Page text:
- Personal site: www.ToddFun.com
[Kristina Panos]: Contributor
Kristina has an Electronics Technology degree and 15 years of experience in Telecommunications Engineering. She relishes the power to order high-bandwidth circuitry and to add domestic and international dialing capability to all the DIDs on a given PRI. In an attempt to satisfy her right brain, she likes to make things out of various materials.She has never, ever built a blue box, but managed to overcome astigmatism in her left eye without even trying.
[Rich Bremer]: Contributor
Rich has a Bachelor’s Degree in Manufacturing Engineering and has been working as a Manufacturing Engineer for many, many moons. In his down time, he enjoys building anything really, with an emphasis on hobby level CNC machines and sometimes cursing his way through Arduino projects. Rich is working on increasing his electronics skills and regularly mills his own PCBs.
[Nick Conn]: Contributor
Nick is currently working toward a Ph.D. degree in Microsystems Engineering at the Rochester Institute of Technology (RIT) and has received both his BS and MS degrees in Electrical Engineering from RIT. His research focuses on low-power medical devices and biomedical signal processing. His professional interests include algorithm development, pattern recognition, physiology, and biomedical instrumentation.He enjoys working on many different projects and runs two blogs: NJC’s MSP430 LaunchPad Blog and Hardware Breakout. He is an entrepreneur at heart, and cannot wait to get into the world of startups.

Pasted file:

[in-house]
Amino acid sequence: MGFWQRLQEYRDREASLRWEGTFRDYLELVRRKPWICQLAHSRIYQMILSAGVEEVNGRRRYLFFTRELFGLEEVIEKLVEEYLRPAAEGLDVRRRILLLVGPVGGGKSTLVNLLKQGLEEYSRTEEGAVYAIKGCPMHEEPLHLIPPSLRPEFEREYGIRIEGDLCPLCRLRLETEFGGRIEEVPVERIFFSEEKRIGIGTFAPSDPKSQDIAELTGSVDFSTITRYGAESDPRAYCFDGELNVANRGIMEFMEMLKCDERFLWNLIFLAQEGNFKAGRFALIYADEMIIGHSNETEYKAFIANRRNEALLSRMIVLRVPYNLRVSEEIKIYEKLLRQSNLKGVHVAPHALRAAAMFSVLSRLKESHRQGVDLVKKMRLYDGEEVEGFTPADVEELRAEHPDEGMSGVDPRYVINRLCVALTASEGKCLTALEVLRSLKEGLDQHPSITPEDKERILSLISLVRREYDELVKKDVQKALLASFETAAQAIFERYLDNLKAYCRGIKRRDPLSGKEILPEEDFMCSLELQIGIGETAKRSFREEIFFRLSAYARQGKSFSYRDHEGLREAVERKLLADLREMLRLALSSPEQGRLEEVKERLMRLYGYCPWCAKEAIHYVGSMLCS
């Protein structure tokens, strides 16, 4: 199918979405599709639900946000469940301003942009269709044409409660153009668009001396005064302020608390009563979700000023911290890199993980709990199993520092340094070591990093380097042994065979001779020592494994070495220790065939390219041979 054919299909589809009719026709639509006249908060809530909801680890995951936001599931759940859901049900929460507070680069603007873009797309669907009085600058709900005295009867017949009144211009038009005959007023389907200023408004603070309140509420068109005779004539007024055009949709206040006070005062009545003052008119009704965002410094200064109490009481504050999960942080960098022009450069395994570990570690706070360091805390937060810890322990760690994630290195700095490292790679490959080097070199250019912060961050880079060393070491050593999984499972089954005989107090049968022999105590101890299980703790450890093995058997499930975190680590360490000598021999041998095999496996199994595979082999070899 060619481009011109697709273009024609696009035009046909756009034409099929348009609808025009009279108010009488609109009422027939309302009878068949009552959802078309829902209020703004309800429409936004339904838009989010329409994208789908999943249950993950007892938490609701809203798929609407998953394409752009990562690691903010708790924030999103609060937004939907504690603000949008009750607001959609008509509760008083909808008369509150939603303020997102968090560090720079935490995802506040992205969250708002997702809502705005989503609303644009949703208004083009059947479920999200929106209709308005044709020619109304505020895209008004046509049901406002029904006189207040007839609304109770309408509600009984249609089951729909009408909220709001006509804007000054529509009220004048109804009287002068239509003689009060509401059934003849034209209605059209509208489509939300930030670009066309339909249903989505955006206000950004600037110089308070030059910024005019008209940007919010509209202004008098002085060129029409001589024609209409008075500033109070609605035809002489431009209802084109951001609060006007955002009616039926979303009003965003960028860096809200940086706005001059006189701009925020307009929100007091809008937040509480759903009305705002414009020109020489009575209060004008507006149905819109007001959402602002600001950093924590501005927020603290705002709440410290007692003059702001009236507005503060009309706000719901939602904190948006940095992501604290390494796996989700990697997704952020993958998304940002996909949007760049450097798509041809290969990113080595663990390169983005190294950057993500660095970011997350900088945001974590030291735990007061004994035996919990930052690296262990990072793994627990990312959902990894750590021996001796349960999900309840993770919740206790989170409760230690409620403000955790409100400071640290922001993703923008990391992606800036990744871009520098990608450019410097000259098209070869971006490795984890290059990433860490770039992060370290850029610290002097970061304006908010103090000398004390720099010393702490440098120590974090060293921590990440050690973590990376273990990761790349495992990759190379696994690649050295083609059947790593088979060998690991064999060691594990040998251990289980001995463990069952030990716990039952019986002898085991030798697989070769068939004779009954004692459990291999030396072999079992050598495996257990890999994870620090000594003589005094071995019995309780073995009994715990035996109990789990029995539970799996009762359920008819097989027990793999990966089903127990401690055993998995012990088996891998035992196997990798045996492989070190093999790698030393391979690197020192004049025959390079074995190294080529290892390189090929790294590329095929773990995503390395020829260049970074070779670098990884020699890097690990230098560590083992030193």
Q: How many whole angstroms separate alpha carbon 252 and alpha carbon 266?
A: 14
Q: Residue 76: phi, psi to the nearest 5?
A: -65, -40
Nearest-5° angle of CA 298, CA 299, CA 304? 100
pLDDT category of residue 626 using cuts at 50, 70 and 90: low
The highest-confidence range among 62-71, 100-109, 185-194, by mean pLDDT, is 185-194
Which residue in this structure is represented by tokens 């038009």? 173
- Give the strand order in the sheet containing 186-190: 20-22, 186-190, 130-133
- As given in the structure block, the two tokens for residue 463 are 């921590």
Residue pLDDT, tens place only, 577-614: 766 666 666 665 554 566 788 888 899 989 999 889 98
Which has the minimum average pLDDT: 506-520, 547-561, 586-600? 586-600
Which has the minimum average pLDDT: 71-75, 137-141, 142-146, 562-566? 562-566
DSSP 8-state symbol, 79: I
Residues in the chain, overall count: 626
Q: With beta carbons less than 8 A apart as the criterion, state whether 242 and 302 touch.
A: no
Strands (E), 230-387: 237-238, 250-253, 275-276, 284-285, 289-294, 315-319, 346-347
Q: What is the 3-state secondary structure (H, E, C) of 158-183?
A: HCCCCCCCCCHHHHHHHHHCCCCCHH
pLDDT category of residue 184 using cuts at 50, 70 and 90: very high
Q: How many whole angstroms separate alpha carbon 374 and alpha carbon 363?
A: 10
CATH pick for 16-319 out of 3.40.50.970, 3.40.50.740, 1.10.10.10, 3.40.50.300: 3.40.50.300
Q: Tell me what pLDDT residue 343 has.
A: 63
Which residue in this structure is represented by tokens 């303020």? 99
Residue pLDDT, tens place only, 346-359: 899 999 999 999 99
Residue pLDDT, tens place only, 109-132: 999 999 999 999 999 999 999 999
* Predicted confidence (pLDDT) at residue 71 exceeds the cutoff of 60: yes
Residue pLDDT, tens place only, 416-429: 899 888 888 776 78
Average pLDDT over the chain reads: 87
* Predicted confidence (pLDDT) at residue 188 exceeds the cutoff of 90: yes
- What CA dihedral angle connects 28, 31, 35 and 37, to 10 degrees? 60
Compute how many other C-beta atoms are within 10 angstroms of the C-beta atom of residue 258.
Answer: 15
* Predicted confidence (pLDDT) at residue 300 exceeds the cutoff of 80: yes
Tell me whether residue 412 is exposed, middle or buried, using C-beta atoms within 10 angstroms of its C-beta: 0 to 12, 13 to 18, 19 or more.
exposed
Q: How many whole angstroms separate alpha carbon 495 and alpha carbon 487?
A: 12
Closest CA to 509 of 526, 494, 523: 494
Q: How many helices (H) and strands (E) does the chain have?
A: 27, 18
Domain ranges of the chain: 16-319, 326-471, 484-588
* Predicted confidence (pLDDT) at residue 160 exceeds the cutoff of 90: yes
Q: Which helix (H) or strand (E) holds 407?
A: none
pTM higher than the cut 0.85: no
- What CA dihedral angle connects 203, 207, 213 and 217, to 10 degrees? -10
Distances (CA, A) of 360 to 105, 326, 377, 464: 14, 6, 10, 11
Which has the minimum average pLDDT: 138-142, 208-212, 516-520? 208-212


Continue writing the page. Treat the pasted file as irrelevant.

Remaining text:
[Aleksandar Bradic]: Contributor at Large
Alek is still figuring it all out, but has been around for a while. Started out as Linux systems/embedded engineer, he spent most of his career so far playing with challenges at the intersection of infrastructure (large-scale/high-performance stuff), algorithms (search, crypto) and data (signal processing, machine learning). He holds Bachelor’s Degree in Electrical Engineering, MSc in Computer Science and MSc in Statistics. He’s obsessed with computation, art and building unnecessary complex things. Also noise. In his real life, he’s the CTO and overlord-in-residence at Supplyframe.
[Will Sweatman]: Contributor
Will is very lucky to have a day job that fits into his hobby of hacking. He travels all over the country to some of the most prestigious universities and largest corporations to repair scientific instruments. He brings back faulty parts and uses them in all kinds of neat projects. Will has been hacking since 2008, and mostly enjoys reverse engineering hardware and firmware. One of his favorite hacks is to take animatronic toys and make them say things they were never supposed to. He has done two high altitude balloon projects, and he really wants to push this area further. You can do some cool stuff up there.
- Personal site: Sweatman Scientific
Where’s everyone else?
There has been a long list of great Editors and Contributors to Hackaday. It was simply a huge pain in the butt to try to gather them all up. Some people only wrote a couple of hacks, and some return every couple of years. Only our current staff is listed above.